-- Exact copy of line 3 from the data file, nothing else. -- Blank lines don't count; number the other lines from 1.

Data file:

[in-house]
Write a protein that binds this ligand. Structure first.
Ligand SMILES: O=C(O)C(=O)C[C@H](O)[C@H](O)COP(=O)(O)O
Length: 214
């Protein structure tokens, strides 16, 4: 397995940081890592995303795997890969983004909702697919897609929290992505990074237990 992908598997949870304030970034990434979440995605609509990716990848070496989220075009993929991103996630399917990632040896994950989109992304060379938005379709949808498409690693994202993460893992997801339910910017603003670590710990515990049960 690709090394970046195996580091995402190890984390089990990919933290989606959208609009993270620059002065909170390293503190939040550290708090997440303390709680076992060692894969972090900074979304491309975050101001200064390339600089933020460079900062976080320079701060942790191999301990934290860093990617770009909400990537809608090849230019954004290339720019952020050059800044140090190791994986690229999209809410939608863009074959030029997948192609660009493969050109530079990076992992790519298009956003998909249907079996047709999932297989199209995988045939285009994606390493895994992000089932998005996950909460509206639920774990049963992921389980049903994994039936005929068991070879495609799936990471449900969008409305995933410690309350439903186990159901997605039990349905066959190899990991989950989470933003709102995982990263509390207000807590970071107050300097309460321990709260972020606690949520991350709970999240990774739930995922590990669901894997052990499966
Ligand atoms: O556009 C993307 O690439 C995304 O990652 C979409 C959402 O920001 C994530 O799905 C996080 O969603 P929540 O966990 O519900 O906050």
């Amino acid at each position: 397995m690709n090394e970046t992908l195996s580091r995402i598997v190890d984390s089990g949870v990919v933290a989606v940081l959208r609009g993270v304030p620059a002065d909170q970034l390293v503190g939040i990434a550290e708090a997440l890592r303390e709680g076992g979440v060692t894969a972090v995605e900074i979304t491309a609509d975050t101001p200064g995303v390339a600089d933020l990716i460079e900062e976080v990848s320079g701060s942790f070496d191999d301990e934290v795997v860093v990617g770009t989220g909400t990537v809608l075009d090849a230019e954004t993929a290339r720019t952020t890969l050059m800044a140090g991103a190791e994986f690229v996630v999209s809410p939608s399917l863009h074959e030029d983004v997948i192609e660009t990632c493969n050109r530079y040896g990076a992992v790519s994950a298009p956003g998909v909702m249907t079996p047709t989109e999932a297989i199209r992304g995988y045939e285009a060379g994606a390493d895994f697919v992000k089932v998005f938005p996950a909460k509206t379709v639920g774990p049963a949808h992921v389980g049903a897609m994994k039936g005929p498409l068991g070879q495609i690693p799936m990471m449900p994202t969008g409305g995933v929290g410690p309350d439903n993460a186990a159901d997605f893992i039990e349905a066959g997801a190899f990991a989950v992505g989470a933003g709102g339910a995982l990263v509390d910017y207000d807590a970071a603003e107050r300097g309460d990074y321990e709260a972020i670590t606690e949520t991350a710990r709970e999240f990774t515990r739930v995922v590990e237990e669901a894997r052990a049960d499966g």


Ligand SMILES: O=C(O)C(=O)C[C@H](O)[C@H](O)COP(=O)(O)O